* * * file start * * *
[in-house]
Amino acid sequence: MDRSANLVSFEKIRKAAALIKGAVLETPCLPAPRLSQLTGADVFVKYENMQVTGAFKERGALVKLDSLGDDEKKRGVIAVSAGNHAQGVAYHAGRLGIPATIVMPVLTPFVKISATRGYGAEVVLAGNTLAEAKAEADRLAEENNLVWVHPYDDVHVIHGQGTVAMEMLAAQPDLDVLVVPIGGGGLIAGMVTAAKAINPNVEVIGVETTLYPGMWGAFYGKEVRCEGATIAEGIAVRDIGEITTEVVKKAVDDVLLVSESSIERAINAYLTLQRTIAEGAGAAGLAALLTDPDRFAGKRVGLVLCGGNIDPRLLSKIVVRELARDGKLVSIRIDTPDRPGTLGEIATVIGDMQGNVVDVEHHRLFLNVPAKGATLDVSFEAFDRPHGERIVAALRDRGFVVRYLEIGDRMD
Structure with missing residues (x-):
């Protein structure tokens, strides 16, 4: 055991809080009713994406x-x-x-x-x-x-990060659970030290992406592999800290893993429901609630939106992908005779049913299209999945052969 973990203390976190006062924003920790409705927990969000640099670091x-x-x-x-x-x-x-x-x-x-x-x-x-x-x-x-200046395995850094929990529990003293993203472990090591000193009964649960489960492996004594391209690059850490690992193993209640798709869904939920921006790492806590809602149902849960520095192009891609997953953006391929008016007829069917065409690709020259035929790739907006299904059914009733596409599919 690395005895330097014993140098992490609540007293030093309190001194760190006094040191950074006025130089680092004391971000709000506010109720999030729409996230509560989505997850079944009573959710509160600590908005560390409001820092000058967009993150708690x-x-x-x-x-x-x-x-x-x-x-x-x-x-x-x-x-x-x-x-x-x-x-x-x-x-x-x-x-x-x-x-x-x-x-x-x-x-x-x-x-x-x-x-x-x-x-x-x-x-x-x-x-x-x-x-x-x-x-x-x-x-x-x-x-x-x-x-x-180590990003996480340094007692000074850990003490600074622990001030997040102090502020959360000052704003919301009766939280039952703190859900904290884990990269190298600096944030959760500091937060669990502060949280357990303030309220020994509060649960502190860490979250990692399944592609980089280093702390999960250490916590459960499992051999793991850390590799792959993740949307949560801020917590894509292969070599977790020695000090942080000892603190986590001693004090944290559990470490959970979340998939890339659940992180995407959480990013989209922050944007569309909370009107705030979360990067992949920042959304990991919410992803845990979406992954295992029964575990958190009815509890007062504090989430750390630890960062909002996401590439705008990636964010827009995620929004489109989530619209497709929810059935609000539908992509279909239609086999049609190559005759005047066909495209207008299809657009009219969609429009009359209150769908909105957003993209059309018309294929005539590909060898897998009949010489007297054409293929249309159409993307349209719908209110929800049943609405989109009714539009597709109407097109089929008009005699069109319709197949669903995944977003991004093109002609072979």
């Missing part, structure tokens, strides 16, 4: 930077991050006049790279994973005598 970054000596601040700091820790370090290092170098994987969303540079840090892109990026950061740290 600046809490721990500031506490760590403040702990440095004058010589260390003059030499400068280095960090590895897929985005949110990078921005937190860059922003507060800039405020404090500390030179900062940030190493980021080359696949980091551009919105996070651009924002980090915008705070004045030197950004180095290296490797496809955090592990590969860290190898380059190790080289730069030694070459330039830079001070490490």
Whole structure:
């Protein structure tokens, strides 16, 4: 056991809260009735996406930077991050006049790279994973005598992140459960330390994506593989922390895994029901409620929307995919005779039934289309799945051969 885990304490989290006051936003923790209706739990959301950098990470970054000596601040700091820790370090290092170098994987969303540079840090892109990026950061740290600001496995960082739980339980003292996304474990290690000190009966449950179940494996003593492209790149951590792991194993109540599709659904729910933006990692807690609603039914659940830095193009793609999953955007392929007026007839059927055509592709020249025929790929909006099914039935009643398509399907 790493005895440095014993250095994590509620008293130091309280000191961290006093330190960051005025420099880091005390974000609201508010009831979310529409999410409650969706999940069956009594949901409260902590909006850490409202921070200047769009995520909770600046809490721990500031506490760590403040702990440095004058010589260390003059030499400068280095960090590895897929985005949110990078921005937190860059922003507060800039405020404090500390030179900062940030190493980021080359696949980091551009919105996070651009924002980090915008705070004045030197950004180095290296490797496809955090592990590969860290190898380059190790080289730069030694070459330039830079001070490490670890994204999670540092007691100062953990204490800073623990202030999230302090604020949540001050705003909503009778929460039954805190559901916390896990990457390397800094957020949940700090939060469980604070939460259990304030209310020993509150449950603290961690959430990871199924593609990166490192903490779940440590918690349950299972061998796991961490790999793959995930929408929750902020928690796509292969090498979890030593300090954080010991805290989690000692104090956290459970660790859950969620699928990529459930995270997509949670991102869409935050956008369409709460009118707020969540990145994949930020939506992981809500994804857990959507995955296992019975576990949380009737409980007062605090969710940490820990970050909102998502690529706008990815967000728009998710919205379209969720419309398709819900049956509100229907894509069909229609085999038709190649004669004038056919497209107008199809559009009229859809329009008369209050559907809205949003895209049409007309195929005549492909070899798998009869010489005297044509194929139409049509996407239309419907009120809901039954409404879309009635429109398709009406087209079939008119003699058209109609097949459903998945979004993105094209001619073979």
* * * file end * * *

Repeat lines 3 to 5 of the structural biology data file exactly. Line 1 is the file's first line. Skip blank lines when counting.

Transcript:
Structure with missing residues (x-):
């Protein structure tokens, strides 16, 4: 055991809080009713994406x-x-x-x-x-x-990060659970030290992406592999800290893993429901609630939106992908005779049913299209999945052969 973990203390976190006062924003920790409705927990969000640099670091x-x-x-x-x-x-x-x-x-x-x-x-x-x-x-x-200046395995850094929990529990003293993203472990090591000193009964649960489960492996004594391209690059850490690992193993209640798709869904939920921006790492806590809602149902849960520095192009891609997953953006391929008016007829069917065409690709020259035929790739907006299904059914009733596409599919 690395005895330097014993140098992490609540007293030093309190001194760190006094040191950074006025130089680092004391971000709000506010109720999030729409996230509560989505997850079944009573959710509160600590908005560390409001820092000058967009993150708690x-x-x-x-x-x-x-x-x-x-x-x-x-x-x-x-x-x-x-x-x-x-x-x-x-x-x-x-x-x-x-x-x-x-x-x-x-x-x-x-x-x-x-x-x-x-x-x-x-x-x-x-x-x-x-x-x-x-x-x-x-x-x-x-x-x-x-x-x-180590990003996480340094007692000074850990003490600074622990001030997040102090502020959360000052704003919301009766939280039952703190859900904290884990990269190298600096944030959760500091937060669990502060949280357990303030309220020994509060649960502190860490979250990692399944592609980089280093702390999960250490916590459960499992051999793991850390590799792959993740949307949560801020917590894509292969070599977790020695000090942080000892603190986590001693004090944290559990470490959970979340998939890339659940992180995407959480990013989209922050944007569309909370009107705030979360990067992949920042959304990991919410992803845990979406992954295992029964575990958190009815509890007062504090989430750390630890960062909002996401590439705008990636964010827009995620929004489109989530619209497709929810059935609000539908992509279909239609086999049609190559005759005047066909495209207008299809657009009219969609429009009359209150769908909105957003993209059309018309294929005539590909060898897998009949010489007297054409293929249309159409993307349209719908209110929800049943609405989109009714539009597709109407097109089929008009005699069109319709197949669903995944977003991004093109002609072979």
């Missing part, structure tokens, strides 16, 4: 930077991050006049790279994973005598 970054000596601040700091820790370090290092170098994987969303540079840090892109990026950061740290 600046809490721990500031506490760590403040702990440095004058010589260390003059030499400068280095960090590895897929985005949110990078921005937190860059922003507060800039405020404090500390030179900062940030190493980021080359696949980091551009919105996070651009924002980090915008705070004045030197950004180095290296490797496809955090592990590969860290190898380059190790080289730069030694070459330039830079001070490490």